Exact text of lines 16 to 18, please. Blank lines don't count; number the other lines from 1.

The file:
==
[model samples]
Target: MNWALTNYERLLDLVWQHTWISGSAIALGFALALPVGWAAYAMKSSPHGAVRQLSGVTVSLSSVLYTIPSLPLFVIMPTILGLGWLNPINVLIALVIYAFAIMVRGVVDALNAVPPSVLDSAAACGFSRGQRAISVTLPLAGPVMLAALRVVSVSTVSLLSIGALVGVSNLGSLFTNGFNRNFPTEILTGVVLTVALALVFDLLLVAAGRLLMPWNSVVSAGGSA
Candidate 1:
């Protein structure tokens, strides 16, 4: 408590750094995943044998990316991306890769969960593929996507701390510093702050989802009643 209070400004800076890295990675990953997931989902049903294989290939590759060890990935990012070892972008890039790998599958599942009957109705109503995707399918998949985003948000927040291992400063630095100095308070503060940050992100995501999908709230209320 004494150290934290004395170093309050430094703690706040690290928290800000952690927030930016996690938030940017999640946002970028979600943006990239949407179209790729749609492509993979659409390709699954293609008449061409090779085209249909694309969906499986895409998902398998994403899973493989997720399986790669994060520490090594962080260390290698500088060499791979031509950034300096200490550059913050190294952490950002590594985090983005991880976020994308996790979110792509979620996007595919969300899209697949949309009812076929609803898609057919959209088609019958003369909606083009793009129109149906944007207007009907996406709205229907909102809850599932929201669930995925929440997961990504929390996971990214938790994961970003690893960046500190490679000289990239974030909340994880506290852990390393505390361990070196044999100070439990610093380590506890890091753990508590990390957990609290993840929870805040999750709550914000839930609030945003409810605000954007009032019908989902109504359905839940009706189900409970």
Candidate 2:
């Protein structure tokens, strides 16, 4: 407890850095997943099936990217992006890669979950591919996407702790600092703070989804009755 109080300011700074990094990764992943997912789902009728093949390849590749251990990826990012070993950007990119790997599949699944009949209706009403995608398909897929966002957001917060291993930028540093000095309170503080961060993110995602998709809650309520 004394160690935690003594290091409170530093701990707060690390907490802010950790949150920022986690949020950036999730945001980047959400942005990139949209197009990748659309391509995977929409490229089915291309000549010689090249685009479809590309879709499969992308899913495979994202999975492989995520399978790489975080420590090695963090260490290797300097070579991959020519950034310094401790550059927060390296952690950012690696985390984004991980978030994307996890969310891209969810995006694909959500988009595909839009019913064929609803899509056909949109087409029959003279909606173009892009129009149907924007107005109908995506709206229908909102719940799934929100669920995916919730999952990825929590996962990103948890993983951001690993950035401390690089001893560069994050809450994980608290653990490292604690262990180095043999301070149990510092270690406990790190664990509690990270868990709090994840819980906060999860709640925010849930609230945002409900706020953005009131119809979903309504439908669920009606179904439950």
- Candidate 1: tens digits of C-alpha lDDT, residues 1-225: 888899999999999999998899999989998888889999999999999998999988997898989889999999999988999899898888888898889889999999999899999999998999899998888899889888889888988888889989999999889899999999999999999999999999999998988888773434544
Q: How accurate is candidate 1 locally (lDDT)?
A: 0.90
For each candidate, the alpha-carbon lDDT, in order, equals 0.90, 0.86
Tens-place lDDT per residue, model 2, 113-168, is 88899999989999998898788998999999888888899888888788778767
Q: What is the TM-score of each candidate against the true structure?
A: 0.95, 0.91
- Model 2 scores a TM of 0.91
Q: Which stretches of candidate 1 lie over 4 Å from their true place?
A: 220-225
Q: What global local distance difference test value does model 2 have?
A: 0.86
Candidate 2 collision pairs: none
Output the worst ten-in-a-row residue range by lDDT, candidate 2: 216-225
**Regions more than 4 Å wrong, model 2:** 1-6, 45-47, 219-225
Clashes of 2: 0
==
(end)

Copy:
A: 220-225
Q: What global local distance difference test value does model 2 have?
A: 0.86